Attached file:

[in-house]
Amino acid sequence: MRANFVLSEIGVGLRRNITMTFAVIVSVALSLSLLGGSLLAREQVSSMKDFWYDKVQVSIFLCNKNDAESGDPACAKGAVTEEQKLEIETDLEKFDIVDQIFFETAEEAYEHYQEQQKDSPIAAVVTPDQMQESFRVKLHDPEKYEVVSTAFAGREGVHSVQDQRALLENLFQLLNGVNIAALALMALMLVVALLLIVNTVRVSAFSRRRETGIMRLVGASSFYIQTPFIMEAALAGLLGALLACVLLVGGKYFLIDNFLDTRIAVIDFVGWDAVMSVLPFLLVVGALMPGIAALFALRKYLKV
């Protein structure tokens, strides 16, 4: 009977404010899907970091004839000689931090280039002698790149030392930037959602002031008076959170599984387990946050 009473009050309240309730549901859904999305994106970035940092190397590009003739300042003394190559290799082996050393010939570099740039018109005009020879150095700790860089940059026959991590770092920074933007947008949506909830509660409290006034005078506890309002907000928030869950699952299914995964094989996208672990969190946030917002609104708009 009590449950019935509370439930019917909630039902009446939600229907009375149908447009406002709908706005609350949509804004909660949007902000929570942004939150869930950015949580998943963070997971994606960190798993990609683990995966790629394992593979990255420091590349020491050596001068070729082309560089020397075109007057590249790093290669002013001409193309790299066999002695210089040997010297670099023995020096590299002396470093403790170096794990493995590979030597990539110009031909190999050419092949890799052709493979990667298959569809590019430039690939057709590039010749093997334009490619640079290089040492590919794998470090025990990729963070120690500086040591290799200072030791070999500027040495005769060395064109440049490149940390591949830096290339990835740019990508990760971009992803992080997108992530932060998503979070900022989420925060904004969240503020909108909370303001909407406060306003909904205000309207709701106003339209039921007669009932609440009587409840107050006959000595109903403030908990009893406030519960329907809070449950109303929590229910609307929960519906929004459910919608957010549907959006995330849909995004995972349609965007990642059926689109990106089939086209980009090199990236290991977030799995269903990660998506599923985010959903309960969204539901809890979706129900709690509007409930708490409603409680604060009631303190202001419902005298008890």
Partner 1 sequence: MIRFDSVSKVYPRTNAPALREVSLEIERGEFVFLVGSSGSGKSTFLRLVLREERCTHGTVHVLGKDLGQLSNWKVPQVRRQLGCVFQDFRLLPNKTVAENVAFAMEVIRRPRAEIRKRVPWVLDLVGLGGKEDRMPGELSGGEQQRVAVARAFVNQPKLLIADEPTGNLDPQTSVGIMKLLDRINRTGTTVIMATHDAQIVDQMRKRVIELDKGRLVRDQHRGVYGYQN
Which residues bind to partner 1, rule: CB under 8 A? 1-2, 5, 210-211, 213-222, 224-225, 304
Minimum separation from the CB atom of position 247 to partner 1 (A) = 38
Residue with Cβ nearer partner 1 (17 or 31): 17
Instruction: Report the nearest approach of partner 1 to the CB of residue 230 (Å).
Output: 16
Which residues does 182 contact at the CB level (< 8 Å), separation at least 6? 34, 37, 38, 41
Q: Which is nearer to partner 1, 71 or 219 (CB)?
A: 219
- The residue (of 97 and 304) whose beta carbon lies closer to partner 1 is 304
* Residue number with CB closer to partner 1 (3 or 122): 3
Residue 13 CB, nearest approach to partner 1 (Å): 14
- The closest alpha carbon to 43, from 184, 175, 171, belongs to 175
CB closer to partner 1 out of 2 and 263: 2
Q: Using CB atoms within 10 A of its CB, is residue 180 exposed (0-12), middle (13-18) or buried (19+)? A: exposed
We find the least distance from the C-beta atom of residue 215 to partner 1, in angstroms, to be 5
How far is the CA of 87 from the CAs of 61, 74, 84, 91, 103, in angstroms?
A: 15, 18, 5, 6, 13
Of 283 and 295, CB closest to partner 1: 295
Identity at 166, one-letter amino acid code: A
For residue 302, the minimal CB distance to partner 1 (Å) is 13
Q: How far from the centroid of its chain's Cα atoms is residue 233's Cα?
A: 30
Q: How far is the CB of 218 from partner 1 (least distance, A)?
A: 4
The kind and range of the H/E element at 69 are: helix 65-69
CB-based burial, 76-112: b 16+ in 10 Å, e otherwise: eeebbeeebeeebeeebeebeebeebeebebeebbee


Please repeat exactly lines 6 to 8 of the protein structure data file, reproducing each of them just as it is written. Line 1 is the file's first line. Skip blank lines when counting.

Minimum separation from the CB atom of position 247 to partner 1 (A) = 38
Residue with Cβ nearer partner 1 (17 or 31): 17
Instruction: Report the nearest approach of partner 1 to the CB of residue 230 (Å).